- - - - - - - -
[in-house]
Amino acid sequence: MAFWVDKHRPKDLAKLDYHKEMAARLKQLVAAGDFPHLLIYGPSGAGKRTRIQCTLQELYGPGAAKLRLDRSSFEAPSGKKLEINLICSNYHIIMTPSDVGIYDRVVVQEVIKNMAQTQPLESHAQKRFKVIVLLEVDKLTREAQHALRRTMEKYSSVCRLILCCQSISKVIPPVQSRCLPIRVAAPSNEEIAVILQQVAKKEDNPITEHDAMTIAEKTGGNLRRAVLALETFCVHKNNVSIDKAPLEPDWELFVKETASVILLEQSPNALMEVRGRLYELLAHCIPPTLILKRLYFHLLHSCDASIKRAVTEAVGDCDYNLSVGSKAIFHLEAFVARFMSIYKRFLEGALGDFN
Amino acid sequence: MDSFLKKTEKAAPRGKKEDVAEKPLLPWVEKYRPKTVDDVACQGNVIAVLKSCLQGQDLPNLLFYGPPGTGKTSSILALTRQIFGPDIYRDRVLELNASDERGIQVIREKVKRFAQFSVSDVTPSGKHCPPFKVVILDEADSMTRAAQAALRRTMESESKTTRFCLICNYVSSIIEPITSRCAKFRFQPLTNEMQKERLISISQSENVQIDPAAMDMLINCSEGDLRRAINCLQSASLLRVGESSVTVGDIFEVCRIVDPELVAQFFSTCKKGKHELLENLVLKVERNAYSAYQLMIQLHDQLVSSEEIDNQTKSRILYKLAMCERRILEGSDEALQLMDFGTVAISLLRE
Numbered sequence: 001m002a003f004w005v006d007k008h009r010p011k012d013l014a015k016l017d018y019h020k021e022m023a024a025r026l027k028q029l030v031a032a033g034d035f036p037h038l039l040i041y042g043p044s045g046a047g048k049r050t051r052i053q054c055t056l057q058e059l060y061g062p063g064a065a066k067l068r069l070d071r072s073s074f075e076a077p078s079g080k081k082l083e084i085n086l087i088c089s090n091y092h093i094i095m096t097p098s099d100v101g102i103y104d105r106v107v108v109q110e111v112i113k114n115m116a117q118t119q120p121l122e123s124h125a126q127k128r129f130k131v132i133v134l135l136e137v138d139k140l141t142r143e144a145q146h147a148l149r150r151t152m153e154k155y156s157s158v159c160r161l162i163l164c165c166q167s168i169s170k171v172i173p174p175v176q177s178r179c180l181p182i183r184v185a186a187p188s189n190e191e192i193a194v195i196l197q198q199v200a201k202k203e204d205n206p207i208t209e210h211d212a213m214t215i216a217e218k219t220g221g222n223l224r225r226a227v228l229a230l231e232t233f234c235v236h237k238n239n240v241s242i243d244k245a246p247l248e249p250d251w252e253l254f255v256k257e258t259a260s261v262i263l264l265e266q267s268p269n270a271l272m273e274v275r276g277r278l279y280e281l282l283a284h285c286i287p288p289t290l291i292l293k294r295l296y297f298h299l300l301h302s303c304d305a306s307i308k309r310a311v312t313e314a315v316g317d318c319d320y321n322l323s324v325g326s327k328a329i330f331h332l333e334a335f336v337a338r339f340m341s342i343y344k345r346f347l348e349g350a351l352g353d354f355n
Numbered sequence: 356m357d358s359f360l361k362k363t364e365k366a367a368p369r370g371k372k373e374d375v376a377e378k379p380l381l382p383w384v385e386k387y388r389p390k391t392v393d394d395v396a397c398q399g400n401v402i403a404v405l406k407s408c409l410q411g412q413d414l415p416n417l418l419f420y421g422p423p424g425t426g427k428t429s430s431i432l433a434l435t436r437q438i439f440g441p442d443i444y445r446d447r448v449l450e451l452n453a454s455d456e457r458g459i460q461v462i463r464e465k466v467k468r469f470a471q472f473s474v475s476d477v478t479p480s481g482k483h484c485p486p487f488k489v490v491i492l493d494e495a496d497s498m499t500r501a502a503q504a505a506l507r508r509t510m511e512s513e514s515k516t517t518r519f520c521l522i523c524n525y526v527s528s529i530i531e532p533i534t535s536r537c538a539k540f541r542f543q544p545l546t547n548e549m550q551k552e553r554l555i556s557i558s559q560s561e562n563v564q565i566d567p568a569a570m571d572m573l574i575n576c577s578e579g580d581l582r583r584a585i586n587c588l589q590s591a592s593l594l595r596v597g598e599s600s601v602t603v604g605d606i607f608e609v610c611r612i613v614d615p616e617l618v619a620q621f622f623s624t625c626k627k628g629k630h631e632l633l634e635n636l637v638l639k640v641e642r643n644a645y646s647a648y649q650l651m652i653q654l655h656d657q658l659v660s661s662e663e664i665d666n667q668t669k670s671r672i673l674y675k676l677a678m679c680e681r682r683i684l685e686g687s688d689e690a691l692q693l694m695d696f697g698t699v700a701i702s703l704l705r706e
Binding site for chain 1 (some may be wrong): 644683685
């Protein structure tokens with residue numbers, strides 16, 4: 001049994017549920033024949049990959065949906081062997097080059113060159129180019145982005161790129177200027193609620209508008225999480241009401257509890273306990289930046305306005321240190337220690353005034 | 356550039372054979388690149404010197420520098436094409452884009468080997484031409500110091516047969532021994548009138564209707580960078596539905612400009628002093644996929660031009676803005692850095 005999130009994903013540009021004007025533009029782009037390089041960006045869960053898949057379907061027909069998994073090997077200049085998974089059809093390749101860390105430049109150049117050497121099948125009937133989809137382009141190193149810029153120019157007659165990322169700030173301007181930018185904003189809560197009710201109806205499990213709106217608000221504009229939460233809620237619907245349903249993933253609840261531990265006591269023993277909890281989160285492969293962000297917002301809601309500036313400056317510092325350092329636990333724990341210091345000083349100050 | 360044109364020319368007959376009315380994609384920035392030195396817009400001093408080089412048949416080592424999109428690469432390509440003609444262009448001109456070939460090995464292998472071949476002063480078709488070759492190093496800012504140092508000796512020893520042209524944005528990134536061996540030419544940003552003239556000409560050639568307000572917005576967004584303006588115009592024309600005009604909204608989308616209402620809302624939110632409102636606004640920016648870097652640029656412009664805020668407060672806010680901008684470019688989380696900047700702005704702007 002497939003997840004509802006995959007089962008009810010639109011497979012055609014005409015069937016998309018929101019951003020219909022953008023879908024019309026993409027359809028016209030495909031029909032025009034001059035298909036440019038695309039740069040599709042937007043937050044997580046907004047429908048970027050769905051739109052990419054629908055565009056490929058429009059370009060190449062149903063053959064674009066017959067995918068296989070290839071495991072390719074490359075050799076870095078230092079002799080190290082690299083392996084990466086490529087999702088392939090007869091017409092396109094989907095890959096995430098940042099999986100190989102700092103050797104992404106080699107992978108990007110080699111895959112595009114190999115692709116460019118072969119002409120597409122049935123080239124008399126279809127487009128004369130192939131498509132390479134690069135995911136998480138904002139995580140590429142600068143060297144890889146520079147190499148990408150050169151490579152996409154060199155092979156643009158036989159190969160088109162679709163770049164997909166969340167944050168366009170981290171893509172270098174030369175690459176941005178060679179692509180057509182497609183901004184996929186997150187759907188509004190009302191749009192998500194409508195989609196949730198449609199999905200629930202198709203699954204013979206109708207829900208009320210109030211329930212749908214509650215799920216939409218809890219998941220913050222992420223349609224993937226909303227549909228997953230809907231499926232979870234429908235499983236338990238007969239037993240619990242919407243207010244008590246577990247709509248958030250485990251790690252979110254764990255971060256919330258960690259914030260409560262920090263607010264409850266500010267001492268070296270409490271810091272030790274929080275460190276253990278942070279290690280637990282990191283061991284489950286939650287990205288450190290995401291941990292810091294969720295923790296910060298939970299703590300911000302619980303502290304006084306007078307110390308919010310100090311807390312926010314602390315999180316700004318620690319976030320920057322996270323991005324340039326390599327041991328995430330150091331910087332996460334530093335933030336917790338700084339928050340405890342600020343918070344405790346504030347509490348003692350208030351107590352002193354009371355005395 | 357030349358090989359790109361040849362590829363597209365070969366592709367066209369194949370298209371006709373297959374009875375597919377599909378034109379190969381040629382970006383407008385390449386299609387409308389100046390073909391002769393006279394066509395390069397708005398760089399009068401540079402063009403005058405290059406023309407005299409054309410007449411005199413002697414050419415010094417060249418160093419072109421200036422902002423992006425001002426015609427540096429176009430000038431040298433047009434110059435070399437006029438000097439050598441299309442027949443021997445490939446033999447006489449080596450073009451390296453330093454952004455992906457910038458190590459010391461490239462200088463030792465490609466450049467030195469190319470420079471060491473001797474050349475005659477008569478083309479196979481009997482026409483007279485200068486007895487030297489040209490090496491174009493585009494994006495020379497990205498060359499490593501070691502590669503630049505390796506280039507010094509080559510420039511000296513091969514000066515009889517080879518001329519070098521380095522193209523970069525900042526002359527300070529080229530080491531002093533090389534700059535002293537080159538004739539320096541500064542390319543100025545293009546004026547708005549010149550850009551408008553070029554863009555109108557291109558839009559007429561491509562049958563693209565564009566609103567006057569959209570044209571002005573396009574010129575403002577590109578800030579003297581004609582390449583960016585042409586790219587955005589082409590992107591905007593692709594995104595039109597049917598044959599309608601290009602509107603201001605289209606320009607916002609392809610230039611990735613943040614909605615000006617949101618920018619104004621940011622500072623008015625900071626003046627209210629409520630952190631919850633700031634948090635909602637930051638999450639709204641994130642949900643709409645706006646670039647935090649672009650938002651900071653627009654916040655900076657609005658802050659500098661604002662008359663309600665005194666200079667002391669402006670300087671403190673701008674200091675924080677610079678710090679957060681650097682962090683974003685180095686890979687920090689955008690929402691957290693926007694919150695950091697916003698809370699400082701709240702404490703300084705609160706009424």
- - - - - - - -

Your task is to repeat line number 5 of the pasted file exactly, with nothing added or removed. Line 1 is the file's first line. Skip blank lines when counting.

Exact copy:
Numbered sequence: 356m357d358s359f360l361k362k363t364e365k366a367a368p369r370g371k372k373e374d375v376a377e378k379p380l381l382p383w384v385e386k387y388r389p390k391t392v393d394d395v396a397c398q399g400n401v402i403a404v405l406k407s408c409l410q411g412q413d414l415p416n417l418l419f420y421g422p423p424g425t426g427k428t429s430s431i432l433a434l435t436r437q438i439f440g441p442d443i444y445r446d447r448v449l450e451l452n453a454s455d456e457r458g459i460q461v462i463r464e465k466v467k468r469f470a471q472f473s474v475s476d477v478t479p480s481g482k483h484c485p486p487f488k489v490v491i492l493d494e495a496d497s498m499t500r501a502a503q504a505a506l507r508r509t510m511e512s513e514s515k516t517t518r519f520c521l522i523c524n525y526v527s528s529i530i531e532p533i534t535s536r537c538a539k540f541r542f543q544p545l546t547n548e549m550q551k552e553r554l555i556s557i558s559q560s561e562n563v564q565i566d567p568a569a570m571d572m573l574i575n576c577s578e579g580d581l582r583r584a585i586n587c588l589q590s591a592s593l594l595r596v597g598e599s600s601v602t603v604g605d606i607f608e609v610c611r612i613v614d615p616e617l618v619a620q621f622f623s624t625c626k627k628g629k630h631e632l633l634e635n636l637v638l639k640v641e642r643n644a645y646s647a648y649q650l651m652i653q654l655h656d657q658l659v660s661s662e663e664i665d666n667q668t669k670s671r672i673l674y675k676l677a678m679c680e681r682r683i684l685e686g687s688d689e690a691l692q693l694m695d696f697g698t699v700a701i702s703l704l705r706e